Specific release dates for those games weren't shared, but considering that Tentacular, Zenith: The Last City, Hello Neighbor: Search and Rescue, Cosmonious High, Cities VR, and The Light Brigade will be available for preorder starting on November 15, it's likely that those games will come out around the PlayStation VR2's launch.
The PlayStation VR2 launches on February 22, 2023.

Read more
PlayStation VR games are not backward compatible with PlayStation VR2
A PSVR2 headset on a sky-blue background.

Sony confirmed that games that were released for the first PlayStation VR headset are not backward compatible with the upcoming PlayStation VR2.

In an episode of the Official PlayStation Podcast, Hideaki Nishino senior vice president of platform experience, says, "PS VR games are not compatible with PS VR2 because PS VR2 is designed to deliver a truly next-generation VR experience. PS VR2 has much more advanced features like all new controllers with haptic feedback, with adaptive triggers as they've said, inside-out tracking, eye tracking in it, 3D audio is coming together, of course. So this means, there will be games for PS VR2 that require a whole different approach than the original PS VR."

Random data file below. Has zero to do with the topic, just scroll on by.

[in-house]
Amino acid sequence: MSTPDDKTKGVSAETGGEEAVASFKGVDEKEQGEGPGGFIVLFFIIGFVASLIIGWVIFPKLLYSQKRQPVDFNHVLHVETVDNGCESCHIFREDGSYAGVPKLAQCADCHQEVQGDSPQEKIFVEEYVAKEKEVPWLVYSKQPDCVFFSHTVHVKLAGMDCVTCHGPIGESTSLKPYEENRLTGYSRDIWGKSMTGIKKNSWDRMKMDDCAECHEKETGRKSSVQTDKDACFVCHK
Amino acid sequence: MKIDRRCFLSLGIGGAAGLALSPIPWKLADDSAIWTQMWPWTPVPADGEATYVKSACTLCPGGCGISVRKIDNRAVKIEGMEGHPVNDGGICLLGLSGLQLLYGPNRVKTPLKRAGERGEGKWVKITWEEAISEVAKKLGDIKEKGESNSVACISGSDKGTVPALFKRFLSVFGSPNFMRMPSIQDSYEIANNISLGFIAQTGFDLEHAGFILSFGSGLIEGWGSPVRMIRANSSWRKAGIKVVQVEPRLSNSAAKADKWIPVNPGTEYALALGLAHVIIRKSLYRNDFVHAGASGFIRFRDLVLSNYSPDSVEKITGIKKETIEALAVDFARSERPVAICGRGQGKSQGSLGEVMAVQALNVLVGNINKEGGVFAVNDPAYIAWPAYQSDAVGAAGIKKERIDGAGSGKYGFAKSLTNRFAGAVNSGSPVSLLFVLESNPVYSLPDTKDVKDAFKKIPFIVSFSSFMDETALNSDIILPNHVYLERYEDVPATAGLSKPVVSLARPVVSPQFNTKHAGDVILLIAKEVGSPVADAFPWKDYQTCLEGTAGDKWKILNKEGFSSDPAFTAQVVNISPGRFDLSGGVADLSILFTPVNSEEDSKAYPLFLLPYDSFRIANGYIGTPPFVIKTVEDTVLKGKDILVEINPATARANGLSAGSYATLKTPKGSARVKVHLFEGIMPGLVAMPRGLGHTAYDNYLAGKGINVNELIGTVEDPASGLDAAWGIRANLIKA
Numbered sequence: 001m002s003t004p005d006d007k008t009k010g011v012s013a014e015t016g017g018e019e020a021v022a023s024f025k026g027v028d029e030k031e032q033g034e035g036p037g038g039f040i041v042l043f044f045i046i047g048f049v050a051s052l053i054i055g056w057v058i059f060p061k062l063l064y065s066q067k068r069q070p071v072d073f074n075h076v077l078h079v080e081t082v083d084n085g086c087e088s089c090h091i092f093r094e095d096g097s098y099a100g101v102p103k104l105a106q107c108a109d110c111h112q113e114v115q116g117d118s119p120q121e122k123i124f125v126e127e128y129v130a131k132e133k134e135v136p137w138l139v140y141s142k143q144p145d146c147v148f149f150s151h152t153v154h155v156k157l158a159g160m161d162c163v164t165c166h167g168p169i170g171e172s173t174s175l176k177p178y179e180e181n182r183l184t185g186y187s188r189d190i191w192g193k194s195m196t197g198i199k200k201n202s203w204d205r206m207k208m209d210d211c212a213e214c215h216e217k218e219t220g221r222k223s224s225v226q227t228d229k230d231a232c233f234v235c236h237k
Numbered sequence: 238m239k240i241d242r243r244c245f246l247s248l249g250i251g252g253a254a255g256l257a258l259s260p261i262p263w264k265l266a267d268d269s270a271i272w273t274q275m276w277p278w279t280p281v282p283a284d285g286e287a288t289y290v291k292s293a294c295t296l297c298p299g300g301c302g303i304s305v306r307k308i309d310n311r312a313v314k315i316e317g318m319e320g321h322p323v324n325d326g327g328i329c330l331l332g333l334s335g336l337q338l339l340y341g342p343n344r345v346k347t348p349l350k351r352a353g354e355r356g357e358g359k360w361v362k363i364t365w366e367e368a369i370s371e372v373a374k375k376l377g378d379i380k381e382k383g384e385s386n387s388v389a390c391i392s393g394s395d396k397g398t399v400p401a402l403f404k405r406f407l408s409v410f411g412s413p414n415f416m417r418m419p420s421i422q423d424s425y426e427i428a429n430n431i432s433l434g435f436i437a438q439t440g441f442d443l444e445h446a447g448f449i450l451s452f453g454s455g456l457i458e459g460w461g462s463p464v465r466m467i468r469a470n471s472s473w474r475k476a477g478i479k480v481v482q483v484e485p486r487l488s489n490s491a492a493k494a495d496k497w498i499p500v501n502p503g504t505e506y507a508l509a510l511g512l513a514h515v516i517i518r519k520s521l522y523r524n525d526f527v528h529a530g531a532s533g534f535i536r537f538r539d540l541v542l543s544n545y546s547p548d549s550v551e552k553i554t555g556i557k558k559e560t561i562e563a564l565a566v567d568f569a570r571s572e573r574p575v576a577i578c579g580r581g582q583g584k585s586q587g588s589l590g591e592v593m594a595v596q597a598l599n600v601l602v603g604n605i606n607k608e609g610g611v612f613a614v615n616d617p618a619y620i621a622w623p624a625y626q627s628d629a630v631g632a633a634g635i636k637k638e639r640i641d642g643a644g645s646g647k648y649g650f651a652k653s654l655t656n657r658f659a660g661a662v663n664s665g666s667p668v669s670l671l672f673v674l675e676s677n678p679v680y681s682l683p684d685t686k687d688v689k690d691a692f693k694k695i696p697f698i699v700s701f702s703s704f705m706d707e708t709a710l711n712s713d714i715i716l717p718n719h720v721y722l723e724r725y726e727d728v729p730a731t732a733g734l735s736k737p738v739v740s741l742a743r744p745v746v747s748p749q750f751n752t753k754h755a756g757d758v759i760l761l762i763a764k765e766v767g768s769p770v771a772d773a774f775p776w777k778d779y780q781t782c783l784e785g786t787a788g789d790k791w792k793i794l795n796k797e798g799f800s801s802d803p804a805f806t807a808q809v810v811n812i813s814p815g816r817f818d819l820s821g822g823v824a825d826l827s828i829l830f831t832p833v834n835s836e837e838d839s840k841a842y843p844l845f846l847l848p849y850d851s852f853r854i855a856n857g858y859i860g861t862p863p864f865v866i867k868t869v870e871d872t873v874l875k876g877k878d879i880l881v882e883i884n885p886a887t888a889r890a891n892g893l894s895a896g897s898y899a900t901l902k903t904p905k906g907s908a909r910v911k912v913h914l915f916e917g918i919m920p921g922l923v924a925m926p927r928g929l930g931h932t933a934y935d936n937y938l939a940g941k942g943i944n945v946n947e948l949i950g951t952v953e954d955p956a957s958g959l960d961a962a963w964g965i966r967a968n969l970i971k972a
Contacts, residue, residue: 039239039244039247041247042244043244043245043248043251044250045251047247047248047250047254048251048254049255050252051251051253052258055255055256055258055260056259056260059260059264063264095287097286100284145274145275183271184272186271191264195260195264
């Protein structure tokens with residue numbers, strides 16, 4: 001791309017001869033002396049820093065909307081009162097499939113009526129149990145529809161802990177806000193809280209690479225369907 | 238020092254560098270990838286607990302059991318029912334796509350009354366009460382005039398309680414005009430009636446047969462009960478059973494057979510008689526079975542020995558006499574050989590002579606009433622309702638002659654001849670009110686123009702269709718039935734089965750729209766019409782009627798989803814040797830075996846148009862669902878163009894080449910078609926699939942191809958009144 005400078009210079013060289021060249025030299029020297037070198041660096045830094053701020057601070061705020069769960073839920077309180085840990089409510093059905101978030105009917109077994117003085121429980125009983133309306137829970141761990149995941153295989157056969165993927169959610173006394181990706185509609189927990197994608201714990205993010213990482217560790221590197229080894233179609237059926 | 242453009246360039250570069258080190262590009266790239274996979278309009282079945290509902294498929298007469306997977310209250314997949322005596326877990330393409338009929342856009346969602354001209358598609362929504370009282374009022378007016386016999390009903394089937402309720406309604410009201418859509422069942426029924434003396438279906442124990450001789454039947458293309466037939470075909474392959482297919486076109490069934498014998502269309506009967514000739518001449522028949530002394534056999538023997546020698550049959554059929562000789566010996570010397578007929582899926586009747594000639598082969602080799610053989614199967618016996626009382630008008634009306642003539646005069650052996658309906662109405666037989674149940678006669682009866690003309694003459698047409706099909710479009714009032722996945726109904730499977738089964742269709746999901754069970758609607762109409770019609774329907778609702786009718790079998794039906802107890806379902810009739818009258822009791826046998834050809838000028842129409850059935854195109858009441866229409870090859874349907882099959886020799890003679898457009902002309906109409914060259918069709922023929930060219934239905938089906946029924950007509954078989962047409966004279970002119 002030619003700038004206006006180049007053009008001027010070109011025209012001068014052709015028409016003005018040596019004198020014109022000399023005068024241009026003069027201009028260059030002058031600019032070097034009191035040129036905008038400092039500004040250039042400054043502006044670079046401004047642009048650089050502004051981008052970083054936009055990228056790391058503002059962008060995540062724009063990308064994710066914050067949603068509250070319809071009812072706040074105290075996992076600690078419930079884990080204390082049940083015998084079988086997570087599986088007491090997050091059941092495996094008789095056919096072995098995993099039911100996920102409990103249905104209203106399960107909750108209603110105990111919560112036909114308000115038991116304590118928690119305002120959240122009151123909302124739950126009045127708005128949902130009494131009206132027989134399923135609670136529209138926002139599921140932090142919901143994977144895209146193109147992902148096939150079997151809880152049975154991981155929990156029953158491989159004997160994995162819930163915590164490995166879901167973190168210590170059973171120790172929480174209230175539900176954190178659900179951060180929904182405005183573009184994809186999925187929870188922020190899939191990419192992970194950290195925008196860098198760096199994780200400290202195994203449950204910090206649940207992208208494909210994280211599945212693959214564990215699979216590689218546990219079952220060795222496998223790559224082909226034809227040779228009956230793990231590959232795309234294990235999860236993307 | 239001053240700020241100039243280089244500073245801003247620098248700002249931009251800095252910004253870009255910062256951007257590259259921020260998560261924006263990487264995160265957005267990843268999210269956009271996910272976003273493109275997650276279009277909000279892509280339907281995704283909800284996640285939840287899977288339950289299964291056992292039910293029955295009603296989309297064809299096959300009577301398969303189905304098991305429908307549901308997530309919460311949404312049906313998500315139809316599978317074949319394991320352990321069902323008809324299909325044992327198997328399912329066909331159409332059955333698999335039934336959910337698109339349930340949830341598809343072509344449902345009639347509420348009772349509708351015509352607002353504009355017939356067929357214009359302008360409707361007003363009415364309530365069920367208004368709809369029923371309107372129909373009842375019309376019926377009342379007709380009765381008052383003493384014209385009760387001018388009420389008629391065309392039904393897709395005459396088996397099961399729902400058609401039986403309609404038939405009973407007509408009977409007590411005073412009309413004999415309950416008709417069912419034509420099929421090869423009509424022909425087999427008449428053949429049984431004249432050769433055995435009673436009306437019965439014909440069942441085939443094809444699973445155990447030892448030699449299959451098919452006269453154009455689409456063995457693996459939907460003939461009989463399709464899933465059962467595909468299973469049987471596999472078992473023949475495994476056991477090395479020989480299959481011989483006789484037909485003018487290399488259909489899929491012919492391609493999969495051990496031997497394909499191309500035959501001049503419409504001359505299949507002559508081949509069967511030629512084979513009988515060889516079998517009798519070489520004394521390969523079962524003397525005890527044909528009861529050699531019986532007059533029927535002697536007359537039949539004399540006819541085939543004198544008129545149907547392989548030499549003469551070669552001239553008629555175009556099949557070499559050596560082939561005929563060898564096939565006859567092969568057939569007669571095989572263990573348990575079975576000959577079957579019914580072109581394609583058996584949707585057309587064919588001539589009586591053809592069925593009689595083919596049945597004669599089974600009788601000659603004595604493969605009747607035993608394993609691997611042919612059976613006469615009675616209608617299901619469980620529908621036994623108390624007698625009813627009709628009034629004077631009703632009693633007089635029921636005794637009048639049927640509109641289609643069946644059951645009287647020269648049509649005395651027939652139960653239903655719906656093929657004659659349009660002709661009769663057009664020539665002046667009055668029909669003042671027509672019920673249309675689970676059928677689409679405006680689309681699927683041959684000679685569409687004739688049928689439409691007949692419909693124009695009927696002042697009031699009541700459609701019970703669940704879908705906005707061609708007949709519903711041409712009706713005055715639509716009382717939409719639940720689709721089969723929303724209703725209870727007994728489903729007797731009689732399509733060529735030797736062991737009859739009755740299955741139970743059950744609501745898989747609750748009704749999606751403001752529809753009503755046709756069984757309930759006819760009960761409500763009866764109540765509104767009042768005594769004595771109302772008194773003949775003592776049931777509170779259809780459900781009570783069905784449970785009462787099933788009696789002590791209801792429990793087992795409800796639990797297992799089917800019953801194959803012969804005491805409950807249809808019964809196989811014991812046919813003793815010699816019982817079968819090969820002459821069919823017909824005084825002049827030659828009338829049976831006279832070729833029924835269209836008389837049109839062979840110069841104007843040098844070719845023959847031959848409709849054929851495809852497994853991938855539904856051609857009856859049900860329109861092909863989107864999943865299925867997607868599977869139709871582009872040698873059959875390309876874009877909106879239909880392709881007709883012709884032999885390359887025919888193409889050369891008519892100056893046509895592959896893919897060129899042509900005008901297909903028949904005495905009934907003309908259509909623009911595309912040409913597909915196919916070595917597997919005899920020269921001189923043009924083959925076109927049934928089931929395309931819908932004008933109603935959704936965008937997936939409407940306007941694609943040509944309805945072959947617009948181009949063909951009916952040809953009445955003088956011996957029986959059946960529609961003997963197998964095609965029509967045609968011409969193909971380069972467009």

Read more